Move follows retirement of Marty RothschildNate Jackson
Foodservice really isn’t foodservice. In the recent past, as the name implies, foodservice operations simply provided food as a service to their customers, whether that took the form of a restaurant, a cafeteria, patient feeding, etc. Today, however, executing that menu represents but one small ingredient in a foodservice operation’s recipe for success.Read more...
The foodservice equipment and supplies industry has experienced a significant amount of consolidation of late. In fact, during the month of June, FE&S reported on four dealers buying five different companies. Rapid consolidation like this can make one wonder: If this keeps going on, will there only be one equipment supplier standing? Read more...
Restaurants are No.1 with U.S. consumers. Technomic predicts foodservice sales will grow 4.8 percent. Prices for food away from home continue to outpace grocery prices. Different generations have different perceptions of the dinner meal occasion according to The NPD Group. These stories and a whole lot more This Week In Foodservice.Read more...
Ralph Brennan’s passion for restaurants and hospitality was ignited as a teenager in the 1960’s with a summer job as a prep cook at the original Brennan’s Restaurant on Royal Street in the New Orleans French Quarter. The hands-on physical work coupled with kitchen camaraderie, smells and flavors inspired a lifelong enthusiasm for all things epicurean. A third-generation restaurateur, Ralph is the owner and operator of a diverse array of restaurant concepts, cuisines, and locations. A foodservice and tourism industry advocate, Ralph has a long history of service to his city and his industry. He served as chairman and president of the National Restaurant Association in 1995-1996 and locally presided over both the Louisiana Restaurant Association and New Orleans Restaurant Associations. While at the helm of the National Restaurant Association, Ralph used his platform to bolster the image of the foodservice industry and position foodservice as an industry of opportunity.
Ralph Brennan: It means a lot to me. Hospitality is what we are about in this industry. It is more than just food. It is more than just service. Hospitality is about the experience the customer has. That’s what my family taught me. And our company is all about making customers happy and enjoying the thrill of doing so.
Ralph Brennan: We have been very lucky as a family. This industry has done a lot for my father’s generation and my generation. So it is important to give back and you get a lot more when you do that. In the early days, we did not have a lot of money to give so we gave our time. This industry has given us a lot and we have to give back to it.
Ralph Brennan: I have never duplicated a restaurant concept and don’t know if I ever will. I like variety and if things don’t change I get bored real fast. When developing a new concept I get together with Charlee Williamson, our executive vice president, and Haley Bittermann, our director of operations and corporate executive chef. We look at the market and try to come up with different ideas to fill in any holes that may exist from any number of perspectives such as service, price point or menu. We have begun a move into catering and have found that to be a niche for our company. We are also opening two restaurants this spring. One will be a lunch only restaurant because it is in an office building. We will also get to run a catering kitchen out of that space. And we are opening our first restaurant in a residential area. It will be more like a casual café where people can come to dinner on a Monday or Tuesday evening.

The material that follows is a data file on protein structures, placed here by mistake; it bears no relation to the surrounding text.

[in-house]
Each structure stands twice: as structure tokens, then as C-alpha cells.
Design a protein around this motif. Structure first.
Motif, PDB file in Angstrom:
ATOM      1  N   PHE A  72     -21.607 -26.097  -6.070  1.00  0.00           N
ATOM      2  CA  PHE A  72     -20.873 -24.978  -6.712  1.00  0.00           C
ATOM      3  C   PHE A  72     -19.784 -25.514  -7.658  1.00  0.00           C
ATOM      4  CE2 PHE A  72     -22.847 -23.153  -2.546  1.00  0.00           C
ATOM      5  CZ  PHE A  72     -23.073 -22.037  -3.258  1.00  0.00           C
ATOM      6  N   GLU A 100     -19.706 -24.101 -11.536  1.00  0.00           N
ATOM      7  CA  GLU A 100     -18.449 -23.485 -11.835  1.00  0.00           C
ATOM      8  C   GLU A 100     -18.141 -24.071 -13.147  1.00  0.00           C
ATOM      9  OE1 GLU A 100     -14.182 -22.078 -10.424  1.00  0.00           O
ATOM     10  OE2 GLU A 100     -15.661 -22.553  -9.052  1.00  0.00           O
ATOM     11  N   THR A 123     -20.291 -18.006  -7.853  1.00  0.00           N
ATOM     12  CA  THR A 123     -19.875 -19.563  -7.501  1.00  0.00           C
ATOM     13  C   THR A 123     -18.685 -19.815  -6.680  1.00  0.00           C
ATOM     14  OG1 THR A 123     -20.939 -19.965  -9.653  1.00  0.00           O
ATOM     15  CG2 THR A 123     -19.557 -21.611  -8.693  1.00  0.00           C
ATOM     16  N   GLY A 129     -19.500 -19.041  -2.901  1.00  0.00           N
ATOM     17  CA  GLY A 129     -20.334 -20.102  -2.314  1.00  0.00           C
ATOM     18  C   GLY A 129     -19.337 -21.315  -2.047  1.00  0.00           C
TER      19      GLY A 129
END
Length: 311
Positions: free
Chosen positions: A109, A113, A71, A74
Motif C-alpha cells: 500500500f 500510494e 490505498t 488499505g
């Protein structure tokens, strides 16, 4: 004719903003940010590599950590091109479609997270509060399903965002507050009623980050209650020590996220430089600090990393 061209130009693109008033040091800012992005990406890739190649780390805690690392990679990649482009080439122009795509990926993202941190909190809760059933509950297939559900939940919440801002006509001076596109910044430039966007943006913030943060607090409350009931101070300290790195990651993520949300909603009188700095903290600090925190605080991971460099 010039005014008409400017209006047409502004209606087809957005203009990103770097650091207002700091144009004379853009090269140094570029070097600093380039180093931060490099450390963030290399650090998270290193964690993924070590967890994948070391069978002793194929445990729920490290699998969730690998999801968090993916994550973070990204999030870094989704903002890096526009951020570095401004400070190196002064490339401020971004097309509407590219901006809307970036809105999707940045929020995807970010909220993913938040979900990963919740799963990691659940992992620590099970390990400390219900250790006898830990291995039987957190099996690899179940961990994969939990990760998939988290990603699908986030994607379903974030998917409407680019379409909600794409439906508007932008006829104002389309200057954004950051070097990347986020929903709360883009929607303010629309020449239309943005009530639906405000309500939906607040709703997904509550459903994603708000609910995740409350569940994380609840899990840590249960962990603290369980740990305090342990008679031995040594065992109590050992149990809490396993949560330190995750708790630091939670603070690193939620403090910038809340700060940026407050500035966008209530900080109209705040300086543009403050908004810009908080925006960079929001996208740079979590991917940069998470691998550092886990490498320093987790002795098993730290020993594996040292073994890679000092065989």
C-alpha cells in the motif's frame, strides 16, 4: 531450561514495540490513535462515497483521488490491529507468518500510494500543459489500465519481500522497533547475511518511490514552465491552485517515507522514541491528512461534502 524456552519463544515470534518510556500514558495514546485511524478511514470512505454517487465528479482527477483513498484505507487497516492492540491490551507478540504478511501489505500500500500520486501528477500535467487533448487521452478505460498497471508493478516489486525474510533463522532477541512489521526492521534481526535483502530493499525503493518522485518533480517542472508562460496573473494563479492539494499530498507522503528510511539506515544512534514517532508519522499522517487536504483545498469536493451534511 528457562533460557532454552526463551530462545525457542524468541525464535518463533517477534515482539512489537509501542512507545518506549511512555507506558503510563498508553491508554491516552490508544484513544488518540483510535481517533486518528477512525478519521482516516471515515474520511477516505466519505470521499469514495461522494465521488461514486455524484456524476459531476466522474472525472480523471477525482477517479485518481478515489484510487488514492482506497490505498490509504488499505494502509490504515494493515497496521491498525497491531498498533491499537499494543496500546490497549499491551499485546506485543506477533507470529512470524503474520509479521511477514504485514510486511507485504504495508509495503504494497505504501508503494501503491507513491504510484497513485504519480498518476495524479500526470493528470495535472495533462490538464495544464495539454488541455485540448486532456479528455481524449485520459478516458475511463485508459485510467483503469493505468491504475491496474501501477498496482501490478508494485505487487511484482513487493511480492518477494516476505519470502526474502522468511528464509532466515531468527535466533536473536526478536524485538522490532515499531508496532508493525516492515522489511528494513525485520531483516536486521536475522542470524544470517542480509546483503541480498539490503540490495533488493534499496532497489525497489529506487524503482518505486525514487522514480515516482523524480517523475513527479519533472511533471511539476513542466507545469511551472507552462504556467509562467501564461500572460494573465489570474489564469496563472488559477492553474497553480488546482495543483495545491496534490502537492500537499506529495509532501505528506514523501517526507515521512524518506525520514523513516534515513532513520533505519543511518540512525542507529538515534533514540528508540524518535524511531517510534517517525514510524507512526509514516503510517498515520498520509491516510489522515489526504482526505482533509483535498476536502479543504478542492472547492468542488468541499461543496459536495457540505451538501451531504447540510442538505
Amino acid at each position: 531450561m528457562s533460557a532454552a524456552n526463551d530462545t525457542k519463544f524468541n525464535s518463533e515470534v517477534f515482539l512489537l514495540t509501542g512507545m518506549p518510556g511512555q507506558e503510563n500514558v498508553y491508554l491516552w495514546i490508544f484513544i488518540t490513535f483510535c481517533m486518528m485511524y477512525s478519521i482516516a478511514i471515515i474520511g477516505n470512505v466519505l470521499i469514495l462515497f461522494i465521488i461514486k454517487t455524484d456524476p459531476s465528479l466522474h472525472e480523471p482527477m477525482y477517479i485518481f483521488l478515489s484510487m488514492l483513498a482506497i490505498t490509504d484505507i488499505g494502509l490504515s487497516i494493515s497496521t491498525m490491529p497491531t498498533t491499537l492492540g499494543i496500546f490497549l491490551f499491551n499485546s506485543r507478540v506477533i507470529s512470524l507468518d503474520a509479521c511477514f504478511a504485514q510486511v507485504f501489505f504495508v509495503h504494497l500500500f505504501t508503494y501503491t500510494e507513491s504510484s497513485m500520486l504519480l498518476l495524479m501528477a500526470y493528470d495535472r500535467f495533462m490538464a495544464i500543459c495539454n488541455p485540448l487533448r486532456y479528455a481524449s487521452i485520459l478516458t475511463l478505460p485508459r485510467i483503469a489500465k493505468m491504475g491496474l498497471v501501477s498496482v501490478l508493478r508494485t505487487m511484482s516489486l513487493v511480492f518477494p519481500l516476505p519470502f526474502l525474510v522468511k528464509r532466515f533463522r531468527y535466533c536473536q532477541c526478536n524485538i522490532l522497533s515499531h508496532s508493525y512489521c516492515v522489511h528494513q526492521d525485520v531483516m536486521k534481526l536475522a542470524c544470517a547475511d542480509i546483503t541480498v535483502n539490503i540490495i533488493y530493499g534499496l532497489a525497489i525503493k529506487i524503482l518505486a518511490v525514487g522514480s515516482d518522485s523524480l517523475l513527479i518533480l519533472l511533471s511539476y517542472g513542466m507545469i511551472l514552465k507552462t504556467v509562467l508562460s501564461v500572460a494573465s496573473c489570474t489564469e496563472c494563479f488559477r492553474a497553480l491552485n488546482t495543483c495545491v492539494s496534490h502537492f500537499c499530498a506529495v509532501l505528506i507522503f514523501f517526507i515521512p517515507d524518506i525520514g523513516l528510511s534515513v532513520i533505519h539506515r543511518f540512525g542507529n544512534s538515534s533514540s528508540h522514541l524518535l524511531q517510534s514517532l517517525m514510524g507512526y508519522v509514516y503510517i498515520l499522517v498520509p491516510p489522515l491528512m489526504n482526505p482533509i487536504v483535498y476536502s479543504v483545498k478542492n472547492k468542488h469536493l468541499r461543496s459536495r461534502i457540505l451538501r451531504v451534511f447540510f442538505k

Ralph Brennan: The industry will only continue to grow because people will continue to dine out. But dining out is more than just eating. The entertainment and social aspects are what set us apart as an industry and they are why I believe we have a bright future ahead of us.
Ralph Brennan: People — specifically our ability to get enough good, quality staff. For example, we are looking for a few good sous chefs and are having trouble finding them from our usual sources. I don’t know if that’s a problem we have only in New Orleans or if it exists in other markets.
Ralph Brennan: I think they do. They have a perception that it is a very difficult industry with long hours. As my dad used to say, “You work when other people play.” I do think it has a negative perception on the culinary side of the business. But thanks to the FoodNetwork and other forms of exposure, chefs now have a little more glamorous standing. I am not sure the front of the house has made that leap.
Ralph Brennan: Straight up honesty and integrity. I don’t want to play games. Don’t make false promises. Tell me the way it is. I am also looking for new ideas and products to keep the restaurant fresh.